Rated 5 out of 5 by KNic from Wonderful Red As a fan of amber beers and having a wife who shares my taste for them, this sounded like a great refill to purchase. The end result did not disappoint! Went for the 3-3-3 (3 weeks each in keg, bottles and fridge) method before I cracked one open and enjoyed this dark red delicious beer.
    Date published: 2017-03-17
    Rated 4 out of 5 by petek0405 from Great brew! I am fairly new to brewing and learned my lesson in patience with this brew. I drank a bottle earlier than I should have. Didn't taste bad at all, but didn't knock my socks off either. Then - about 4 weeks later. Wow! Delicious! Would love to brew this one again.
    Date published: 2015-05-02
    Rated 4 out of 5 by Mt50 from Great Red Ale Did three weeks fermenting and a month conditioning. Really like this, have to say better than any commercial red Ale. Very smooth finish makes it very drinkable, but still has a slight hop aroma to make it interesting.will make this again.
    Date published: 2017-03-03
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    Hi, Just so I am clear: The hop sack stays in with the LME (I got that). Does the hop sack remain in the wort for the full fermentation process? Or is it removed just before the addition of the yeast?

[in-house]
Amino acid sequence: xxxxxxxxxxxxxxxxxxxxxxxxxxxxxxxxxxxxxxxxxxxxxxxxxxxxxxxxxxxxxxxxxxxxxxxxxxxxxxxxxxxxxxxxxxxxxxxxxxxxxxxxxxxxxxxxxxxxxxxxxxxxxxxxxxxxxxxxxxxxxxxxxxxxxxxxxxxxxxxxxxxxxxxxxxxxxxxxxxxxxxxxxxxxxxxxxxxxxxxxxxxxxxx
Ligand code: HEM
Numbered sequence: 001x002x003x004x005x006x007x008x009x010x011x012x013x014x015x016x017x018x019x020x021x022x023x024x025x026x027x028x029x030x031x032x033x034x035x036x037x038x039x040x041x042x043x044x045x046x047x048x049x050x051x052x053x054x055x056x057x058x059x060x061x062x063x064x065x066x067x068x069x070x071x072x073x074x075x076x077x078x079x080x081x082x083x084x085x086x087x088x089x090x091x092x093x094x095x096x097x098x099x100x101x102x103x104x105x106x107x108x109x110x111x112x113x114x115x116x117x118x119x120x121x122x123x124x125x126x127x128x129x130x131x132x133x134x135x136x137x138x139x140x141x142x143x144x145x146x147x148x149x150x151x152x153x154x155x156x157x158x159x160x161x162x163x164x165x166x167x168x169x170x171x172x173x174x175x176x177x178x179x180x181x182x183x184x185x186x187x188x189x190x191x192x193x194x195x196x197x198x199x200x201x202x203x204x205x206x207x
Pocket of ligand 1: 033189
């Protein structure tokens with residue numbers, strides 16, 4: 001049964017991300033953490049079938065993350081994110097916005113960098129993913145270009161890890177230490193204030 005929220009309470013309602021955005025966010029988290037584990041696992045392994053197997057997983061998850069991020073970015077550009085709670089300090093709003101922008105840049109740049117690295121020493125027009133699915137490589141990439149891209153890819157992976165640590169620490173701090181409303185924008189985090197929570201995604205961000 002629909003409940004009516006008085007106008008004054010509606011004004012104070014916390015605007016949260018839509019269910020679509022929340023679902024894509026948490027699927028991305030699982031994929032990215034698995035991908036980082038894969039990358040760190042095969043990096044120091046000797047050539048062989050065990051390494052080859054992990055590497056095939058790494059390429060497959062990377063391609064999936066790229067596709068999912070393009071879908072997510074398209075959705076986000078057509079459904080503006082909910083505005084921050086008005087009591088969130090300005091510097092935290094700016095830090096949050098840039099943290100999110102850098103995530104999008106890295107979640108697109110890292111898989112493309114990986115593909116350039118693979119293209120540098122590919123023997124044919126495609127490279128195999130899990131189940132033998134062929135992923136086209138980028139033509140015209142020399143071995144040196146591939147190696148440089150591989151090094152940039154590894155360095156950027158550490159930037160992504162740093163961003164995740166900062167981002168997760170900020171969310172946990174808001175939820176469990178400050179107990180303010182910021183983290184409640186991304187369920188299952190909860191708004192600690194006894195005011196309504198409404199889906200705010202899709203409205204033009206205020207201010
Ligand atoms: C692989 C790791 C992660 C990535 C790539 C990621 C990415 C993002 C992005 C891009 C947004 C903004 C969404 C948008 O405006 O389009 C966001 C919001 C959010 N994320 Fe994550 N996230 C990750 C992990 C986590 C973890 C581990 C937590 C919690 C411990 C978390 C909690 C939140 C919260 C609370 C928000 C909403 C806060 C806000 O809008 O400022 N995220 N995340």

Asked by: Permer
    Hello! You would want to leave it in during the fermentation process. Here is a good video on the topic. Cheers!
    Answered by: Mr Beer
    Date published: 2023-09-21

    when do you remove the hop sack and when do you add the brew max lme? instructions for this recipe doesn't mention either.

    Asked by: Harrik26
    The hop sack will always stay in unless we say in the instructions for it to be taken out. You will add the LME at the same time you add your can of extract.
    Answered by: RobertMrBeer
    Date published: 2023-09-18

    Do you add the hop sack to the fermenter with the wort?

    Asked by: Artie